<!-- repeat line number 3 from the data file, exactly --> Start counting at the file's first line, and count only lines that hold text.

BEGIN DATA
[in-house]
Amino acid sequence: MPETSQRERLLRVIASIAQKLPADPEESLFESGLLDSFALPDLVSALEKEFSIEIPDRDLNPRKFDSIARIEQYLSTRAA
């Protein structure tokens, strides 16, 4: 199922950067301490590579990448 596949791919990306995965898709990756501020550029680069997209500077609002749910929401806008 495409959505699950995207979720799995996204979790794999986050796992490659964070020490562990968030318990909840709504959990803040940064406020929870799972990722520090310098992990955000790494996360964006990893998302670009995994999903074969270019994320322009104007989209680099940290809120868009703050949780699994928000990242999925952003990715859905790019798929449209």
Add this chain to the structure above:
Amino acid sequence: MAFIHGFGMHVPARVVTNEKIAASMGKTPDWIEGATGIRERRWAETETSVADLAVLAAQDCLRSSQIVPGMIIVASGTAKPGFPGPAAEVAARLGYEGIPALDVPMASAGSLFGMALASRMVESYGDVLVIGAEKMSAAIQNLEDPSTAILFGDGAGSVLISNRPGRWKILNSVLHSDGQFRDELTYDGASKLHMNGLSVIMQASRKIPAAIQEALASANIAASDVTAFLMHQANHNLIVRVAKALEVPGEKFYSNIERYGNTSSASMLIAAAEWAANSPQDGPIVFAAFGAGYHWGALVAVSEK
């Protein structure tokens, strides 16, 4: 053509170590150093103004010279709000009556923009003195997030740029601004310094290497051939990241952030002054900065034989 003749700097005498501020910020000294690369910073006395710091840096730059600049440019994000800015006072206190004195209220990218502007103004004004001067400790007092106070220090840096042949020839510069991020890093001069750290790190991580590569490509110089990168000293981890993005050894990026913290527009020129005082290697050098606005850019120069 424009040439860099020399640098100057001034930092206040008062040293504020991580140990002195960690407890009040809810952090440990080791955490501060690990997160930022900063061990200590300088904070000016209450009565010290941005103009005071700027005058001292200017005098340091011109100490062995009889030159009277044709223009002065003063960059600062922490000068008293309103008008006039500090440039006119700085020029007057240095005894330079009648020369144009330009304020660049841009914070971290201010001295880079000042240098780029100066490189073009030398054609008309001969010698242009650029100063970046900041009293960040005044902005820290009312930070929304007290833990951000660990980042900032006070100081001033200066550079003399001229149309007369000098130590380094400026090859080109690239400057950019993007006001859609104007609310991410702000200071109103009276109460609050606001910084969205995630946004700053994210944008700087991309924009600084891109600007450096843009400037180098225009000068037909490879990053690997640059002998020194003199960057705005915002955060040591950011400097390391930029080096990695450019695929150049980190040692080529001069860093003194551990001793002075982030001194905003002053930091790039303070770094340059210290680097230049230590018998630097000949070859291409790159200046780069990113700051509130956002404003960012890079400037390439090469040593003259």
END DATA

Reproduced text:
């Protein structure tokens, strides 16, 4: 199922950067301490590579990448 596949791919990306995965898709990756501020550029680069997209500077609002749910929401806008 495409959505699950995207979720799995996204979790794999986050796992490659964070020490562990968030318990909840709504959990803040940064406020929870799972990722520090310098992990955000790494996360964006990893998302670009995994999903074969270019994320322009104007989209680099940290809120868009703050949780699994928000990242999925952003990715859905790019798929449209």